A few weeks after surgery, the sound processor is programmed for the first time. Initially there are regular programming appointments to adjust the sound. During the first year after implantation, there may be frequent appointments to monitor and ensure optimal progress and performance. After the first year, recipients are usually seen annually to check the implant/s and ensure they are hearing optimally, as well as to address any difficulties they may be experiencing. You can also make additional appointments if they are needed.


Once implanted, recipients may be offered auditory rehabilitation, to help them get the most from their implant/s. Rehabilitation ensures that you are detecting, identifying and discriminating sounds using your hearing implant. Rehabilitation will be tailored to each individual. This may include guidance on listening devices that may help at school, work or home, such as loop and FM systems. Auditory training may give advice on managing equipment and specific situations, such as help using the telephone and listening to music. Advice will also be given to family members on communication tactics when speaking to hearing impaired people. For children, the rehabilitationist will also liaise with their Teacher of the Deaf, nursery, school or college.

On-going care and maintenance

On-going support such as repairs and replacement parts may be provided via the manufacturer known as managed services, or by the Emmeline centre.

Transferring care to / from other programmes

If you move to our catchment area, a referral can be made for your care to transfer to our service. It is important that a referral is made so that we can request all of the information about your implant, its settings, and funding to ensure you get the best possible care.

Devices we offer

The type of implant needed depends on the type and level of hearing loss.  If the problem is a poor sound conduction in the outer or middle ear, you may be considered for a Bone Conduction Implant or a Middle Ear Implant (MEI). If the problem is in the cochlea, you may benefit from a cochlear implant (CI).  Alternatively, for poor hearing nerve function, you may be considered for an auditory brainstem implant (ABI). It is important to discuss with your audiologist what your own level of hearing is and which type of hearing aid or hearing implant might benefit you.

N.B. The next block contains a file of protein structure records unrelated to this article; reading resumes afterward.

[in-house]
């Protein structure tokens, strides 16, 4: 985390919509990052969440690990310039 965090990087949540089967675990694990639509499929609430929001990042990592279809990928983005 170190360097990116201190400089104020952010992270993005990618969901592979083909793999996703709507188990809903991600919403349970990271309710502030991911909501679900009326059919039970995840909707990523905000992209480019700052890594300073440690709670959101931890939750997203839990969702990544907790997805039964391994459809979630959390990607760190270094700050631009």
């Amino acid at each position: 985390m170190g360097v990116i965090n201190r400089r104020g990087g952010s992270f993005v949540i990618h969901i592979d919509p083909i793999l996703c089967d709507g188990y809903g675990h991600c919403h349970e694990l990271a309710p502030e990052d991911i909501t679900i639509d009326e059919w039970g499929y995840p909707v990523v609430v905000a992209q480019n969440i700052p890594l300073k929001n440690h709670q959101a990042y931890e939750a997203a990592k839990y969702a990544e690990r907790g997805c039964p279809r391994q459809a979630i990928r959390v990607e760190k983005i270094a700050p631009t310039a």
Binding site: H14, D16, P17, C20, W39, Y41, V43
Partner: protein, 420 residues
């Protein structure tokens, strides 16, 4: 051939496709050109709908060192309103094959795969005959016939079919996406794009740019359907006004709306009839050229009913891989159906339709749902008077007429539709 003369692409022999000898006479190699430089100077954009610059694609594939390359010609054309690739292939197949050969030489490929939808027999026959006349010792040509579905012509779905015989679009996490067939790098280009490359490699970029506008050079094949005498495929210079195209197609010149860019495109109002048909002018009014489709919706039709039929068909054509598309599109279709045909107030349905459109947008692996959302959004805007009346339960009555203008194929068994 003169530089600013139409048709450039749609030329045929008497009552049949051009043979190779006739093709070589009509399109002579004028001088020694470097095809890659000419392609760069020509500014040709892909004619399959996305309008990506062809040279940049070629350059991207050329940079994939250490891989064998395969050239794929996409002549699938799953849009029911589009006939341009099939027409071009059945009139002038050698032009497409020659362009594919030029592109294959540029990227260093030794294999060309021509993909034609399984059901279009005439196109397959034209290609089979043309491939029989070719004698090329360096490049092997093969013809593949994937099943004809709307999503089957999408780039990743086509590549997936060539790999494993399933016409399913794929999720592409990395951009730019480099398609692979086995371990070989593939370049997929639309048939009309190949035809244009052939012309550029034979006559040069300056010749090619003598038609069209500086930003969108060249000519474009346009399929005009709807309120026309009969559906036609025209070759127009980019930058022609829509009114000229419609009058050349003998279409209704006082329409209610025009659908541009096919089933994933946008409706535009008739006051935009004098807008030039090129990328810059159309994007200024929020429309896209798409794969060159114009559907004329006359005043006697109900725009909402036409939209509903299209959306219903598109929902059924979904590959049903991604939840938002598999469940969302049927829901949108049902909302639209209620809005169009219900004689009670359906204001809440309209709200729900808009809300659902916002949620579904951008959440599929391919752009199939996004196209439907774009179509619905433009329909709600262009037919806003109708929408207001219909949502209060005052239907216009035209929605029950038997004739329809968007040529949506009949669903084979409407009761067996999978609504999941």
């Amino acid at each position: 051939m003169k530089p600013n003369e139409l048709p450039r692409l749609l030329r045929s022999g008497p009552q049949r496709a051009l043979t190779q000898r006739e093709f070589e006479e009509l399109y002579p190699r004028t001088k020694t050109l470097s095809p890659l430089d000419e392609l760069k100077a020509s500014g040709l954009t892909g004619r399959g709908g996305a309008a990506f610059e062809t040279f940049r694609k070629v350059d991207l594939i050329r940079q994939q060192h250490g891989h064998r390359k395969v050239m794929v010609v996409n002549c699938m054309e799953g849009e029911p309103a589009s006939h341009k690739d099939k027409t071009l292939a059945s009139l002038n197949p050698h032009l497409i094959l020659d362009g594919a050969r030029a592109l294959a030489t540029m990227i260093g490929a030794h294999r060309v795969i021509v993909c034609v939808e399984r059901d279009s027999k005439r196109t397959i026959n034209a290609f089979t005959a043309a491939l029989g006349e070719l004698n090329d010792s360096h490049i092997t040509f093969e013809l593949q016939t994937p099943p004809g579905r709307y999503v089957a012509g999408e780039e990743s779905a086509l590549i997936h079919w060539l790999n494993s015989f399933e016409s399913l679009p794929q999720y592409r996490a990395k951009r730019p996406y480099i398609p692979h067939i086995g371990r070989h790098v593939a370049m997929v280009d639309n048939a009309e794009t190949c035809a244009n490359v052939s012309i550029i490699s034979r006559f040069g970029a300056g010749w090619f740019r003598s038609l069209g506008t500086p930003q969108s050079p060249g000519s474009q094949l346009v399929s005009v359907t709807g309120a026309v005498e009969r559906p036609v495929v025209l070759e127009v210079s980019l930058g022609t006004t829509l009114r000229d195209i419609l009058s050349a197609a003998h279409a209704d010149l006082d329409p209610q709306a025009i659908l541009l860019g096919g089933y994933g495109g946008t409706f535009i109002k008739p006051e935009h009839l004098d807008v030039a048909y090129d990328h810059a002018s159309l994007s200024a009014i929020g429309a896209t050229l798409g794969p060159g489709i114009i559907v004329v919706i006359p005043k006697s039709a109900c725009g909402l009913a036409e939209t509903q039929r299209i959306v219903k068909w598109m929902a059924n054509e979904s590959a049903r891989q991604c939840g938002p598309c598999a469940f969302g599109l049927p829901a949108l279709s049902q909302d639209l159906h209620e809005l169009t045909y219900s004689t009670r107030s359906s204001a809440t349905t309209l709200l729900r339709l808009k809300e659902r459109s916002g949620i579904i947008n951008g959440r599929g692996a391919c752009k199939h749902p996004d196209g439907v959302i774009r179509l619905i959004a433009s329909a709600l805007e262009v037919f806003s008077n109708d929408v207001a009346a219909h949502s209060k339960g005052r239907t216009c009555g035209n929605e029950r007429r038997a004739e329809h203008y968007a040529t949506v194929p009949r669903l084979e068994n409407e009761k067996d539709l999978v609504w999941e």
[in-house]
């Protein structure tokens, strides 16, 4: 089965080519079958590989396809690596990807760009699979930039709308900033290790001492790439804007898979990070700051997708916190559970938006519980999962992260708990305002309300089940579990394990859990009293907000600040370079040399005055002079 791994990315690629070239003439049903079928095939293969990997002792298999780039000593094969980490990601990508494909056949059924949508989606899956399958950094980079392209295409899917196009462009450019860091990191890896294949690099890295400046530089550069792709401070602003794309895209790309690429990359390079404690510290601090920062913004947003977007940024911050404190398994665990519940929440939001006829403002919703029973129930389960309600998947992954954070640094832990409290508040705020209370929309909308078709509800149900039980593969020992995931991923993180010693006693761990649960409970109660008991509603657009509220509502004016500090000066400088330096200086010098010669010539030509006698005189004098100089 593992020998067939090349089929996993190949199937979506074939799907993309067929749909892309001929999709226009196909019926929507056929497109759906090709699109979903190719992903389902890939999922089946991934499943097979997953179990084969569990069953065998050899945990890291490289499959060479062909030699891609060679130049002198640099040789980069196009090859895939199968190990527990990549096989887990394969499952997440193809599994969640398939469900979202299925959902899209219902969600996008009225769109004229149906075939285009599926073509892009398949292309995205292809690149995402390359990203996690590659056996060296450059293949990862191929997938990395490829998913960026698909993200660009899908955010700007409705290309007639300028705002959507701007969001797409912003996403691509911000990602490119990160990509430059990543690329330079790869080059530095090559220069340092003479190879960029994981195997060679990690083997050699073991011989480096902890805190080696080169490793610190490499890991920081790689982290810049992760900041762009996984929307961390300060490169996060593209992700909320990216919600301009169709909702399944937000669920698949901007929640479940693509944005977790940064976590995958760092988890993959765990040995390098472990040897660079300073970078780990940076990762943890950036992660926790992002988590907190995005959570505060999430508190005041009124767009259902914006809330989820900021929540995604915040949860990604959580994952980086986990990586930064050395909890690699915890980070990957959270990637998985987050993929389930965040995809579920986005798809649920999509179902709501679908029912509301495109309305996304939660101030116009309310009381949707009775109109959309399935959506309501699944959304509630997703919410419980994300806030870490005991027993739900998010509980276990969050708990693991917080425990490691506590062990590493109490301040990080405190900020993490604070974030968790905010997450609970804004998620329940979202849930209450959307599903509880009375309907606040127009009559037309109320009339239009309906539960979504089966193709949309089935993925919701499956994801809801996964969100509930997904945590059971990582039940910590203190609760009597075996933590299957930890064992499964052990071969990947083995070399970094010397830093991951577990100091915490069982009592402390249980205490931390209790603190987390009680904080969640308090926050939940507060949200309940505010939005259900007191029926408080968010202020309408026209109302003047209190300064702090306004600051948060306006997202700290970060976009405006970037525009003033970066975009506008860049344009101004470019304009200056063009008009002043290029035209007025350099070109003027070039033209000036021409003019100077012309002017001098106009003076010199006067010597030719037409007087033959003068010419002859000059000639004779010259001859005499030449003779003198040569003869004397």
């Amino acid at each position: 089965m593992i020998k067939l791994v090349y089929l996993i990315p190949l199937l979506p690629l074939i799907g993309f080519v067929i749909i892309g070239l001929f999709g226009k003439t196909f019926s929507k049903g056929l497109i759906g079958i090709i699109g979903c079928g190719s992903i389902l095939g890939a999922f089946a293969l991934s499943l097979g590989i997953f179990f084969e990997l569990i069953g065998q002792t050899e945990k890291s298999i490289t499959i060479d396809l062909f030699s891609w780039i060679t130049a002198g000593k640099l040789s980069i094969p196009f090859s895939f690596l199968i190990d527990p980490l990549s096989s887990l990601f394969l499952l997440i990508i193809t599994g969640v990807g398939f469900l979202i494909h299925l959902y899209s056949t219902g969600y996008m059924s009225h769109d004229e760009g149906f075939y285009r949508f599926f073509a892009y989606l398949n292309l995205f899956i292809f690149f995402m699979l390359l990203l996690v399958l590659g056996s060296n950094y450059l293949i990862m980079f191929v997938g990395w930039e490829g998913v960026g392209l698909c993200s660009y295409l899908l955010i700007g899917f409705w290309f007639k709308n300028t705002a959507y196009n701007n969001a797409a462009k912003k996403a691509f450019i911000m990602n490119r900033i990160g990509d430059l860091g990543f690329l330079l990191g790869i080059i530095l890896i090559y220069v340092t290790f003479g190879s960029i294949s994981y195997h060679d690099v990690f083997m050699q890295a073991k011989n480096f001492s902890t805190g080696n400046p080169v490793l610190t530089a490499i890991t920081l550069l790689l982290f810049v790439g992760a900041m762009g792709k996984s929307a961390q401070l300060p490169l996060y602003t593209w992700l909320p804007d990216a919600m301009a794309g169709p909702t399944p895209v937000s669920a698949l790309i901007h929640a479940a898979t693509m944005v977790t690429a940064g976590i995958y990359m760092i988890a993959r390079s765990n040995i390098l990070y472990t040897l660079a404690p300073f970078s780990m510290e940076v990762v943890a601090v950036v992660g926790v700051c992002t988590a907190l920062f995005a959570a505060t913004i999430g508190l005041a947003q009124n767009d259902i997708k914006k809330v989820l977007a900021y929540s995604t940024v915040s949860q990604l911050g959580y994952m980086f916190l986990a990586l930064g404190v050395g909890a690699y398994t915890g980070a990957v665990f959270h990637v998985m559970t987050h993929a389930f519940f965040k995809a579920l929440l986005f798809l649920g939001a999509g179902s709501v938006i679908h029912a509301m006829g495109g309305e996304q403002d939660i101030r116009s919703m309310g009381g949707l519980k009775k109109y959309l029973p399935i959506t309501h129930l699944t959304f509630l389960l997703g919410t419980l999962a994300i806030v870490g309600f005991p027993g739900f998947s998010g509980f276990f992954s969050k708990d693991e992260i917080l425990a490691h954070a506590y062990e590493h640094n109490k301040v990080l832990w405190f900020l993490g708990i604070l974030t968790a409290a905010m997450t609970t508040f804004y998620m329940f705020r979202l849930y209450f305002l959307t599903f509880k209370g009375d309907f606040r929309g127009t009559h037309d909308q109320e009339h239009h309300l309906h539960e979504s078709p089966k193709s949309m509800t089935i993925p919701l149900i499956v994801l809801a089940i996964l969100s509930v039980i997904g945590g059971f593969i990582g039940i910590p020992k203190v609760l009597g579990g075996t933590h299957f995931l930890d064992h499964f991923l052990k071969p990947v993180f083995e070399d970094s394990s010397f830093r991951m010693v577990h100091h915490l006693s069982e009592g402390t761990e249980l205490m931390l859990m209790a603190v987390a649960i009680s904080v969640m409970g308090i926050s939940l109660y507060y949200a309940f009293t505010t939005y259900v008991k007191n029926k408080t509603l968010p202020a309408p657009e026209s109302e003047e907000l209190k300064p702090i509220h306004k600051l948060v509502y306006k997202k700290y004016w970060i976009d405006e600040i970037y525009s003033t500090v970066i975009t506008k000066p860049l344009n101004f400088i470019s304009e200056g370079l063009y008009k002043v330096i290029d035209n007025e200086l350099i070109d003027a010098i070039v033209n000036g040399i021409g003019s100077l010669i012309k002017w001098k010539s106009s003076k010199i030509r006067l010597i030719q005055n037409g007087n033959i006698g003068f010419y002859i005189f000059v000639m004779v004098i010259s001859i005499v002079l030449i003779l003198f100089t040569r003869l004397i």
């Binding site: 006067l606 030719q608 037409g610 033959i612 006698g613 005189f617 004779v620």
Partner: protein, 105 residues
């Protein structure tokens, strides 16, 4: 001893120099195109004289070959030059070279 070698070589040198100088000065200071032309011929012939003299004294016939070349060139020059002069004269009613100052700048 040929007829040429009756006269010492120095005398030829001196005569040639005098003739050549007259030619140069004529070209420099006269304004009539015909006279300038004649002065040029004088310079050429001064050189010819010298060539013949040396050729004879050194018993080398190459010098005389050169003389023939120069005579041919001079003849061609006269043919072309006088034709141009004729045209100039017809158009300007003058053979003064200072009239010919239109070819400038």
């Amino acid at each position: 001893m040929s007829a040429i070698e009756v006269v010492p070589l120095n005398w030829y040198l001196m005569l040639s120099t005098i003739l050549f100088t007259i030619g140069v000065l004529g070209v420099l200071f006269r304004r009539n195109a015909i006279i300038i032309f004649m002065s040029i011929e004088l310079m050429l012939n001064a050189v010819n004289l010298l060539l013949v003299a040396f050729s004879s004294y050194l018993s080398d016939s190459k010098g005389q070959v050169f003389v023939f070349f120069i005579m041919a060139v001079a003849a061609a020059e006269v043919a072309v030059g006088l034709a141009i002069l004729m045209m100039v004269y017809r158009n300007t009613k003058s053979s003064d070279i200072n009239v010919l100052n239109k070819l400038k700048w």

Hearing implants are an option when conventional hearing aids are not able to give sufficient benefit. Below are the four types of implants we offer:

Cochlear Implants

A cochlear implant is a small electronic device that can help a patient with severe hearing problems to gain access to everyday sounds and the sound of speech.

The implant consists of a internal and external part. The internal part consists of an electronic package, a magnet and an electrode array. The external component is called a speech processor, this is worn behind the ear and connects to the implant via a magnet on the head.

The processor picks up the sound and converts this into digital information which is transmitted to the internal implant. The implant array is positioned within the cochlea. Along the length of the implant are tiny electrical contacts called electrodes.  Each electrode can give small electrical pulses to a specific part of the cochlea.  This triggers the auditory nerve and gives a sensation of sound. This then allows the person to have perception of sound and better understanding of speech.

Who is suitable for a cochlear implant?

This service is provided for both children and adults with a significant hearing loss and receive limited benefit from hearing aids. A cochlear implant may be suitable for those with either a congenital or an acquired hearing loss. Candidacy will depend on several factors such as the anatomy of the ear and general medical health.

Candidates with a profound hearing loss in the high frequencies, but aidable low frequency hearing may be suitable for Electro-Acoustic Stimulation (EAS). EAS combines the electric stimulation from a cochlear implant with an acoustic component from a conventional hearing aid.

For more information on the above please refer to our referral section.

Possible outcomes using a cochlear implant?

All implant users have different experiences of sound through their cochlear implants. An implant is able to give you access to sound, which your brain has to be trained to recognise. Adapting to the sound can take time and effort. It takes training and practice for sounds to be interpreted.

The factors below influence how well you/your child will do with the cochlear implant: